The 2012 massacre at Sandy Hook Elementary School, during which nearly 30 people were fatally shot, seemed to be the turning point for national gun control advocacy and policy. The three years since have proved that this is not the case. States are enthusiastically embracing the NRA’s maxim that only more “good guys with guns” can stop mass shootings.
In Kansas, a license is no longer necessary to carry a concealed weapon. According to recent reports by the Crime Prevention Research Center, in states where you still need a concealed-carry handgun permit, the number of permits tripled from 4.7 million to 12.8 million over the last 7 years. Georgia and Arkansas allow concealed weapons in bars and churches. Dozens of state laws have made it easier to obtain and carry guns, sometimes even without a license or training.
This rise of the “good guys with guns” mentally has proven worrisome to gun-control advocates. Some gun-control supporters say that their movement has been emboldened by the growing influence of Everytown for Gun Safety (a gun-control group backed by former New York City Mayor Michael Bloomberg) in some state capitols.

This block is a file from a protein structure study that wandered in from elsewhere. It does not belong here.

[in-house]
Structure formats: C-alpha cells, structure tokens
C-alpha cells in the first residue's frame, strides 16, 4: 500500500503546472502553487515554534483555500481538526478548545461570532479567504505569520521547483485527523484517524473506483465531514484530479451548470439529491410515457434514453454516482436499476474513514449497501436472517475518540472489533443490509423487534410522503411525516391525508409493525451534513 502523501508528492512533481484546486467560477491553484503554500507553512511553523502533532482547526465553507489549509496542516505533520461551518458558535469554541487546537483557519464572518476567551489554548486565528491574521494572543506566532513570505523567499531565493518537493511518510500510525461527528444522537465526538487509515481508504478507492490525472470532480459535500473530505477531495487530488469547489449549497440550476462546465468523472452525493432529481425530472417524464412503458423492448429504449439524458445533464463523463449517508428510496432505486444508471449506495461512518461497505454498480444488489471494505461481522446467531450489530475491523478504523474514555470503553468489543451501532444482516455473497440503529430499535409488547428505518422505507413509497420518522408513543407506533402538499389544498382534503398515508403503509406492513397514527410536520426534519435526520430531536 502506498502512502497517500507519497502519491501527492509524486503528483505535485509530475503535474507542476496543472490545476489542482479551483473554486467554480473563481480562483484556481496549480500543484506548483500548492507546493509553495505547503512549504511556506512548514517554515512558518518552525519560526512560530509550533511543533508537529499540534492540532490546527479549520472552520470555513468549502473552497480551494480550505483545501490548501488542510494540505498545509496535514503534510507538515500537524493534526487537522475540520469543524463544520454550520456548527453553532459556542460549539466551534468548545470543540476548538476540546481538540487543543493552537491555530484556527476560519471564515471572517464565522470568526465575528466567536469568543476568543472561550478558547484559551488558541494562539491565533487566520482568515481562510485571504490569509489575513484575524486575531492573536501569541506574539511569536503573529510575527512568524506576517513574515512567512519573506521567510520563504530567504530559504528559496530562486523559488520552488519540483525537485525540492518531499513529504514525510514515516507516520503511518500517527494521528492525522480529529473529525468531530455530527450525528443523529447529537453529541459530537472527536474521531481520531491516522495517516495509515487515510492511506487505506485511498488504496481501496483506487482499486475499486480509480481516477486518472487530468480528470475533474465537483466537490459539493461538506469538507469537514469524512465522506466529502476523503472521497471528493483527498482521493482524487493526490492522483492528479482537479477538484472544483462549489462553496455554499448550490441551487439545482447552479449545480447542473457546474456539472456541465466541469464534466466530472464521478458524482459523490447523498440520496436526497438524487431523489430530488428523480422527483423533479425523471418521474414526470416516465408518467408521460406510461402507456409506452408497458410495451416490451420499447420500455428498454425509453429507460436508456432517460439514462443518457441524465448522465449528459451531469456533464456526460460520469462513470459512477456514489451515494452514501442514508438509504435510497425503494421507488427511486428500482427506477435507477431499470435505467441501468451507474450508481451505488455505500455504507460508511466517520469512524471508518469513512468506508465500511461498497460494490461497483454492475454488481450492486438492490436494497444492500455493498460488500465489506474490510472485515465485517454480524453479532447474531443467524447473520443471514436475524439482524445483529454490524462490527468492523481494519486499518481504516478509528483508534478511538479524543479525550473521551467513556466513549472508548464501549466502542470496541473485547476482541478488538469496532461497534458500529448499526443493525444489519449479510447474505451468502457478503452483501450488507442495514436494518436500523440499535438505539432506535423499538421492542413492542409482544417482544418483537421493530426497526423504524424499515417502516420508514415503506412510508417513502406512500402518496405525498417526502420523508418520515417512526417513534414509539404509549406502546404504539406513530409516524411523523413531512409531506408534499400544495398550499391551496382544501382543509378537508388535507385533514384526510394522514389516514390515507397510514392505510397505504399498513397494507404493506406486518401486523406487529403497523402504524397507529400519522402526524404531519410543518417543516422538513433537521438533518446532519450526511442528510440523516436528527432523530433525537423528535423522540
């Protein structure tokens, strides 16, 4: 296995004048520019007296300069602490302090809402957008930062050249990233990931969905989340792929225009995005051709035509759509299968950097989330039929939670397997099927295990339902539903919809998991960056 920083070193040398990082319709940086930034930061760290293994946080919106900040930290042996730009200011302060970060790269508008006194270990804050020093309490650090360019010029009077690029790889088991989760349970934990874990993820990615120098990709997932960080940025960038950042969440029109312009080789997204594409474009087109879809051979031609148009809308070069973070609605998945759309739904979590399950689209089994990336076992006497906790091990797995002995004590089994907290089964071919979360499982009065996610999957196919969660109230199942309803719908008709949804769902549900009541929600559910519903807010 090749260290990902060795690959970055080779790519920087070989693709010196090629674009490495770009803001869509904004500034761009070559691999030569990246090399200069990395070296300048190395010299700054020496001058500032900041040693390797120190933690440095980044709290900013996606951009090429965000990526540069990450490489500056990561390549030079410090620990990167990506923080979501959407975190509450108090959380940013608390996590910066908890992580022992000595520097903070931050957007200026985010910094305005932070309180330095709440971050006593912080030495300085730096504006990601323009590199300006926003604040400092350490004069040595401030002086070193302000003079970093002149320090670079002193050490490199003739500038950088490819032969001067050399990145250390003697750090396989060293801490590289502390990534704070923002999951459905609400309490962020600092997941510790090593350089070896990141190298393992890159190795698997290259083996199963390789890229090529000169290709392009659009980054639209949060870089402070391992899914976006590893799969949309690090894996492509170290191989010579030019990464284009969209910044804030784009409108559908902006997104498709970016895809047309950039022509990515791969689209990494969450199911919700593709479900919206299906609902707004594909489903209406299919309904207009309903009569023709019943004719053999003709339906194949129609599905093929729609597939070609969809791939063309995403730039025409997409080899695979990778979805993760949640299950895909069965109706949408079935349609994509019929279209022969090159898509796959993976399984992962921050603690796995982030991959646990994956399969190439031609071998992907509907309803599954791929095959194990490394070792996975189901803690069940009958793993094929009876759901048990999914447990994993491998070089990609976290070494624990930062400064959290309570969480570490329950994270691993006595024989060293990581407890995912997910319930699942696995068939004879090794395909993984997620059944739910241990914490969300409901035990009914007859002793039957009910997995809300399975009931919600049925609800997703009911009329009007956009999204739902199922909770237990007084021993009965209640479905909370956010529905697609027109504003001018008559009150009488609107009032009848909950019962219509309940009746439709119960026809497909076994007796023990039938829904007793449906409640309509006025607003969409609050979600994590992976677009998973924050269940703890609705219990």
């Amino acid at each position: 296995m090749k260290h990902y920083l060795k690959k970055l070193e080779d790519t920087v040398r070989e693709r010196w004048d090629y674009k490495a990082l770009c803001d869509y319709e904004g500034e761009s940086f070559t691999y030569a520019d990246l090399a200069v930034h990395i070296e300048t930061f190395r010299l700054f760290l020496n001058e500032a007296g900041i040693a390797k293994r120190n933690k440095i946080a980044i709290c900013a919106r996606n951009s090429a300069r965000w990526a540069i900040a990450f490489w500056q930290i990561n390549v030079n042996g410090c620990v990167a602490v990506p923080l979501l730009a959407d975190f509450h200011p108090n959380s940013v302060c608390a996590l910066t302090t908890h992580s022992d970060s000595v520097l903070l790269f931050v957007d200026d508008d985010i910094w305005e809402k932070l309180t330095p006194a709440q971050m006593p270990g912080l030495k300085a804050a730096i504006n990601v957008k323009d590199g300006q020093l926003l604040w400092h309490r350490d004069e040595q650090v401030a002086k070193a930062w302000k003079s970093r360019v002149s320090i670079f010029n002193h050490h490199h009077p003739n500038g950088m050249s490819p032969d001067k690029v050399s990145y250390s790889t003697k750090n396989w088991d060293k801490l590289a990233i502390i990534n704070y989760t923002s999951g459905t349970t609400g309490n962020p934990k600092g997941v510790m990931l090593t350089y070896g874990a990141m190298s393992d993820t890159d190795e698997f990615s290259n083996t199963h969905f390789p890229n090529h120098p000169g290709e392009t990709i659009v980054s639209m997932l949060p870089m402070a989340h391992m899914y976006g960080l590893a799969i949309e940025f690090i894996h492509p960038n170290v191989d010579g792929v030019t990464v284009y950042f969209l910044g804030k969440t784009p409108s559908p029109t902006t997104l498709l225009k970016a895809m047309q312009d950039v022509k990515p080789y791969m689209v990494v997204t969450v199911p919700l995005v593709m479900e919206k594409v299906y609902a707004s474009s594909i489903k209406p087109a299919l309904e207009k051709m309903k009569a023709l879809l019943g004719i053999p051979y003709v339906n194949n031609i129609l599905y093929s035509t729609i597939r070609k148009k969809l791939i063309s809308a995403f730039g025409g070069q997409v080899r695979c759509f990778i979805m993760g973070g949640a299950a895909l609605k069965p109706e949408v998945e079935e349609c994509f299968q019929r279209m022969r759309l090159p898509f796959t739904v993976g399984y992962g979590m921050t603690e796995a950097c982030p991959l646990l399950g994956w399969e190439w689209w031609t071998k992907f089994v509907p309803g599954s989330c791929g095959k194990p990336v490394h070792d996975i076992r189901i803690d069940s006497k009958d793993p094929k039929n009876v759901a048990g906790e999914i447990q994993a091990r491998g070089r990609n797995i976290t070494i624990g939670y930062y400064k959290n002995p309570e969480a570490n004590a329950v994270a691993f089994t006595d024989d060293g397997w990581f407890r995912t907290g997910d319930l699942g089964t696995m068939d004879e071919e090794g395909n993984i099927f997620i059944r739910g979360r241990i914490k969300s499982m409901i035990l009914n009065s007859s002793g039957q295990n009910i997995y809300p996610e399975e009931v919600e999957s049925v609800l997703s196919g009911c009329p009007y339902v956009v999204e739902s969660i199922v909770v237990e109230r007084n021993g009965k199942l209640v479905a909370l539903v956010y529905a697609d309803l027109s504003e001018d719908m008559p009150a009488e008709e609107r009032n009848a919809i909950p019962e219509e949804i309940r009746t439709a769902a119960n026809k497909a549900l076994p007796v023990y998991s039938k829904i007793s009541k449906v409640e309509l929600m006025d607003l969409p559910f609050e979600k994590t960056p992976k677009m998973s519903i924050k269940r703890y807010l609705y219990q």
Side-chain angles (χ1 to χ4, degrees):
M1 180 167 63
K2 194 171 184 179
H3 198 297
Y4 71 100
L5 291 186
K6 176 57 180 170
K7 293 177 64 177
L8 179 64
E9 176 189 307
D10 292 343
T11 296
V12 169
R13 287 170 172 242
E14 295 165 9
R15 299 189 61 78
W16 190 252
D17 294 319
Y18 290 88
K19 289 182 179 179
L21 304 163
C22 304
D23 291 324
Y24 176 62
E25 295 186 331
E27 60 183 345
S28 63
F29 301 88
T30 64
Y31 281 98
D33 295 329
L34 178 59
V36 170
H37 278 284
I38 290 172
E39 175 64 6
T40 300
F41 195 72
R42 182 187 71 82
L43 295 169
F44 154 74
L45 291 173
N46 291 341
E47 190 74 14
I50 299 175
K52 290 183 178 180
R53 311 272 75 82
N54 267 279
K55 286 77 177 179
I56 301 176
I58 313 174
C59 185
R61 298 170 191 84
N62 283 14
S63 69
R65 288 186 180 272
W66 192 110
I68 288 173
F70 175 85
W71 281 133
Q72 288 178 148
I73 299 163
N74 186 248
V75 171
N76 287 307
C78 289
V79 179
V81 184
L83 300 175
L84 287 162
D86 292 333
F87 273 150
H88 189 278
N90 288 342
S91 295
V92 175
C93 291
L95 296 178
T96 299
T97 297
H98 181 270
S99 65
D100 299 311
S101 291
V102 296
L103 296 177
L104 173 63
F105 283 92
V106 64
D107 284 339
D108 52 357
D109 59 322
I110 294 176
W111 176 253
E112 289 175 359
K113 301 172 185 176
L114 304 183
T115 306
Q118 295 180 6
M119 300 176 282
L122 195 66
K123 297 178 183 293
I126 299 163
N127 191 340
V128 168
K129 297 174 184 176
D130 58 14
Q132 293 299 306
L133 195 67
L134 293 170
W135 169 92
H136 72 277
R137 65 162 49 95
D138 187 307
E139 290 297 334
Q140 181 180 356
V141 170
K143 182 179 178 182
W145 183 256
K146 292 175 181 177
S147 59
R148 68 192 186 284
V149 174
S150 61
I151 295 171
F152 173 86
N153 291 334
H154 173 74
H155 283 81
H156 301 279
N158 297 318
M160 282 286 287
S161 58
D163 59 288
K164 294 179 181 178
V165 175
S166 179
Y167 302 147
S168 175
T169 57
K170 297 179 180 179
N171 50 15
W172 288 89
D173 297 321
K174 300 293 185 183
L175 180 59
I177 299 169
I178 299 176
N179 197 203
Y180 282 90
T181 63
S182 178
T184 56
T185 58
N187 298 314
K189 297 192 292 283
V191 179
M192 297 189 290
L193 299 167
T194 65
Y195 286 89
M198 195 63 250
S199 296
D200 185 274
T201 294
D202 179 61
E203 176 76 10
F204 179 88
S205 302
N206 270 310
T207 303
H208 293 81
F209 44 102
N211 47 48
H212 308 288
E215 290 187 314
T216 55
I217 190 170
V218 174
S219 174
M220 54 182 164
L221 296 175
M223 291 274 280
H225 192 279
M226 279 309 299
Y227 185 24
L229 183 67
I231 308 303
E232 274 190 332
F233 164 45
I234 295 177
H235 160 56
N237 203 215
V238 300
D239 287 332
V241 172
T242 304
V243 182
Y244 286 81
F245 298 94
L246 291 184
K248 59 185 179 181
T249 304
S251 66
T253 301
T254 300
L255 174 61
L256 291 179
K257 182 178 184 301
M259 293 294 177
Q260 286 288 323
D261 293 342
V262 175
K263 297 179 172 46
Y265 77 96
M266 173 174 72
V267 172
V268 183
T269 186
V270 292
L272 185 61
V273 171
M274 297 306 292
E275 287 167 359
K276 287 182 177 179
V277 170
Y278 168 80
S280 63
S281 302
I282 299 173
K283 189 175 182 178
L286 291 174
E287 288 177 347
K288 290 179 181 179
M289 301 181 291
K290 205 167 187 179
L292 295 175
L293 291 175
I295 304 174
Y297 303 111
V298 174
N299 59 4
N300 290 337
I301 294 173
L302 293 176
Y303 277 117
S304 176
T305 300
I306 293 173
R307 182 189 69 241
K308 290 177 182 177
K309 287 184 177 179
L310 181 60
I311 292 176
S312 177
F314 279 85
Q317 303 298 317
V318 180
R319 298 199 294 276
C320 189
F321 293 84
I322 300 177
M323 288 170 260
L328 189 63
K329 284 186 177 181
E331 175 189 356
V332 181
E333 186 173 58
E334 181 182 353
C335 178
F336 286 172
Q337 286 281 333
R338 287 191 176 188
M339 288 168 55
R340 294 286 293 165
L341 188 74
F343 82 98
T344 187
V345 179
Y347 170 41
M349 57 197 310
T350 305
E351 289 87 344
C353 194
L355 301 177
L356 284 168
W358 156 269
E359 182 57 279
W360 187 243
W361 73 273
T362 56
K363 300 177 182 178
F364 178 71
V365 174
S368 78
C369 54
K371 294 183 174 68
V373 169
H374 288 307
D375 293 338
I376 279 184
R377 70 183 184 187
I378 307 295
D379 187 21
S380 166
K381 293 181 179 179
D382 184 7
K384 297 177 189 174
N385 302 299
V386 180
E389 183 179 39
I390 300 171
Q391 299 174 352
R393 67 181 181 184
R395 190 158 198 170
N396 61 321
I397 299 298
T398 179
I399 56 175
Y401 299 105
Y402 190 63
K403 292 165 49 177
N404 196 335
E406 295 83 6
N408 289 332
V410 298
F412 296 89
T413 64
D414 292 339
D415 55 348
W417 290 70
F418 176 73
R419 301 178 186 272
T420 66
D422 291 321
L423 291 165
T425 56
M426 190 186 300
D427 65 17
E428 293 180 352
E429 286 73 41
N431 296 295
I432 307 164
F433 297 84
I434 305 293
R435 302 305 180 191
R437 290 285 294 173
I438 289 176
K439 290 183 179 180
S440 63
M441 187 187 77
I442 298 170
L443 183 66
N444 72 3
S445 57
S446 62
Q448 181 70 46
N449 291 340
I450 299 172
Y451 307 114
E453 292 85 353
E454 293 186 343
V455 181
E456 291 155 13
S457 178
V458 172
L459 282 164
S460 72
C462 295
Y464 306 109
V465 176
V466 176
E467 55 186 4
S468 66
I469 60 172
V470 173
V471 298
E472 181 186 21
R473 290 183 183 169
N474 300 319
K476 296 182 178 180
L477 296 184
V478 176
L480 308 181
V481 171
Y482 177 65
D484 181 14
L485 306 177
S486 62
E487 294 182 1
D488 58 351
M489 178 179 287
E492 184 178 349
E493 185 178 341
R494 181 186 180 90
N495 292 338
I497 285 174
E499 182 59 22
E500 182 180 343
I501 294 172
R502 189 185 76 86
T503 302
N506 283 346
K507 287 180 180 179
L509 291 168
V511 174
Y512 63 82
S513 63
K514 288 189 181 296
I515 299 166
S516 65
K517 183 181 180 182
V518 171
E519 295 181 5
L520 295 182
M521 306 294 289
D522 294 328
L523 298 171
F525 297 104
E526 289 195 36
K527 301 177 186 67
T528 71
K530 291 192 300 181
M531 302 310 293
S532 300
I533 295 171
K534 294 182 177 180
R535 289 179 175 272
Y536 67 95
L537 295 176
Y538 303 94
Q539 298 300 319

The debate over gun rights in the states began in 2013 after Congress rejected a bill that would have expanded background checks to all gun sales. The argument is expected to intensify during the upcoming year, following the string of 2015 shooting massacres. These include the Colorado Springs Planned Parenthood shooting, the office holiday party shooting in San Bernardino, California, the community college shooting in Oregon, and Dylan Roof’s shooting rampage at a South Carolina church.
Public opinion seems to mirror the NRA on the importance of “good guys with guns.” On the day after Thanksgiving, U.S. gun sales hit a terrifying record. More than 185,000 federal background checks were initiated, which is the most in the program’s entire history, according to FBI data.
Mike Conway, a salesman at Bullseye Sport near San Bernardino, which is almost out of guns, said that he has seen:
“A lot of first-time buyers. A lot of people that realize that they have to be responsible for their own safety.”
Since Sandy Hook, only six states have expanded background checks.
Featured image via Flickr